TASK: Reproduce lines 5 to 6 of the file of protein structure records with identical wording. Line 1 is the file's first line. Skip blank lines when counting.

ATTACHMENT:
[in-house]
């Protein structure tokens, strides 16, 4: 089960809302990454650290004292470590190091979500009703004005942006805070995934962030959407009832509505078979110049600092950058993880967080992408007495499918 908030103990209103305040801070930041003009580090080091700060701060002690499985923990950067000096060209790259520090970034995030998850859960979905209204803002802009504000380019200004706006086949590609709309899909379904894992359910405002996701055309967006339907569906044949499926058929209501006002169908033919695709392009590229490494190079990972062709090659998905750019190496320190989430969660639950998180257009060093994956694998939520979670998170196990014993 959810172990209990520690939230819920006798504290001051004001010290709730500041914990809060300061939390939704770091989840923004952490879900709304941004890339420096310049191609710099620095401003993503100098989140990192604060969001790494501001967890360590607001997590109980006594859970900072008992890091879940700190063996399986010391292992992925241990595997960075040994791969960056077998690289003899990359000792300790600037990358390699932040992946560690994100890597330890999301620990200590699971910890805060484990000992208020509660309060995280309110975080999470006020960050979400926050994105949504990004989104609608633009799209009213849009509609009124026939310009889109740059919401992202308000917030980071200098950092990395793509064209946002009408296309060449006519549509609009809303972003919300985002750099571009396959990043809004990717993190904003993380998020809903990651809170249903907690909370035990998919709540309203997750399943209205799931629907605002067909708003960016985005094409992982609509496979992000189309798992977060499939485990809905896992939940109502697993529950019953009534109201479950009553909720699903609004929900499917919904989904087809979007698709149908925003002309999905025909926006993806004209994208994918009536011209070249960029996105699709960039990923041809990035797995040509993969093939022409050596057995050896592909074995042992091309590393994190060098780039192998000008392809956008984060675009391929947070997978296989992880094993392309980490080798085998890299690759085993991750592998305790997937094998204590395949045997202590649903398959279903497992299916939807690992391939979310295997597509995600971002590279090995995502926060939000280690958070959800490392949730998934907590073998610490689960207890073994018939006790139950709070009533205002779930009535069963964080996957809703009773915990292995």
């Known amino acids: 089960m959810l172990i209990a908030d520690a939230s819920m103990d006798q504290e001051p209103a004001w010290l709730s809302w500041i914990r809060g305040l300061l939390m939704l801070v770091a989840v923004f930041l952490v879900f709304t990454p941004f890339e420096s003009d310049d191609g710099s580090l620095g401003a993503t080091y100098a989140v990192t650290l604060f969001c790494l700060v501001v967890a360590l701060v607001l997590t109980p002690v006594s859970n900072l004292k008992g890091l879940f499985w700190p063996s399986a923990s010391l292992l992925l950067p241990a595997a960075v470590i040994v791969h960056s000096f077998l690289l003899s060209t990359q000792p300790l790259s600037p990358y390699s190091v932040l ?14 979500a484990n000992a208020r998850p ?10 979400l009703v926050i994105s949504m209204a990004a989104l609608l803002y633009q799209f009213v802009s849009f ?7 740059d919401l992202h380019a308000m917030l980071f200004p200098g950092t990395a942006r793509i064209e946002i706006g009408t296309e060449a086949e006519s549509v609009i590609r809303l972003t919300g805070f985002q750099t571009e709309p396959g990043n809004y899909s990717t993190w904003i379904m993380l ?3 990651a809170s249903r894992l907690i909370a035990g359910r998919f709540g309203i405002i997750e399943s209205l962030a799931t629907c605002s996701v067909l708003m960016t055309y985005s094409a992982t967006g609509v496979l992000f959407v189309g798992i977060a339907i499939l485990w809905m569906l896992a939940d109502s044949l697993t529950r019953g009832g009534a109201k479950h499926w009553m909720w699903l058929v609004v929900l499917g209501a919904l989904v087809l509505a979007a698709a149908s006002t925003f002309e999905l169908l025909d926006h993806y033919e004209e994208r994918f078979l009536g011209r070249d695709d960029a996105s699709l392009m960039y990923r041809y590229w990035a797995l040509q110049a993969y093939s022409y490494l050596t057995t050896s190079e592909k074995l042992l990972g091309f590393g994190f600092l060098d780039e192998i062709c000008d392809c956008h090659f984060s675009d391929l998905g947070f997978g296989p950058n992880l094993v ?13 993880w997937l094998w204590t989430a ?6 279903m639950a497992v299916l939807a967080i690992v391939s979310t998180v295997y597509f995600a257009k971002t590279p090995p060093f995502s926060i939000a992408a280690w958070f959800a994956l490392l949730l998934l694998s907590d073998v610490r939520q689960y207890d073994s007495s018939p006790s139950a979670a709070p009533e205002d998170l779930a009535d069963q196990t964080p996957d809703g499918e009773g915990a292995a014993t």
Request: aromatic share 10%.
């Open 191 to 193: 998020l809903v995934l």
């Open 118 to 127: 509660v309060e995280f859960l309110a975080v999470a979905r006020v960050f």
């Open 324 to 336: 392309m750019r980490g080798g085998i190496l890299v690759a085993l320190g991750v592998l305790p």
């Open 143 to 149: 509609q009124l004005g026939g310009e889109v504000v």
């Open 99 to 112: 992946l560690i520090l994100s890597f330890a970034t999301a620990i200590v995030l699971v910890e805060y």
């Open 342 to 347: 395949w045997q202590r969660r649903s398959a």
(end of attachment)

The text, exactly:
């Open 191 to 193: 998020l809903v995934l």
């Open 118 to 127: 509660v309060e995280f859960l309110a975080v999470a979905r006020v960050f």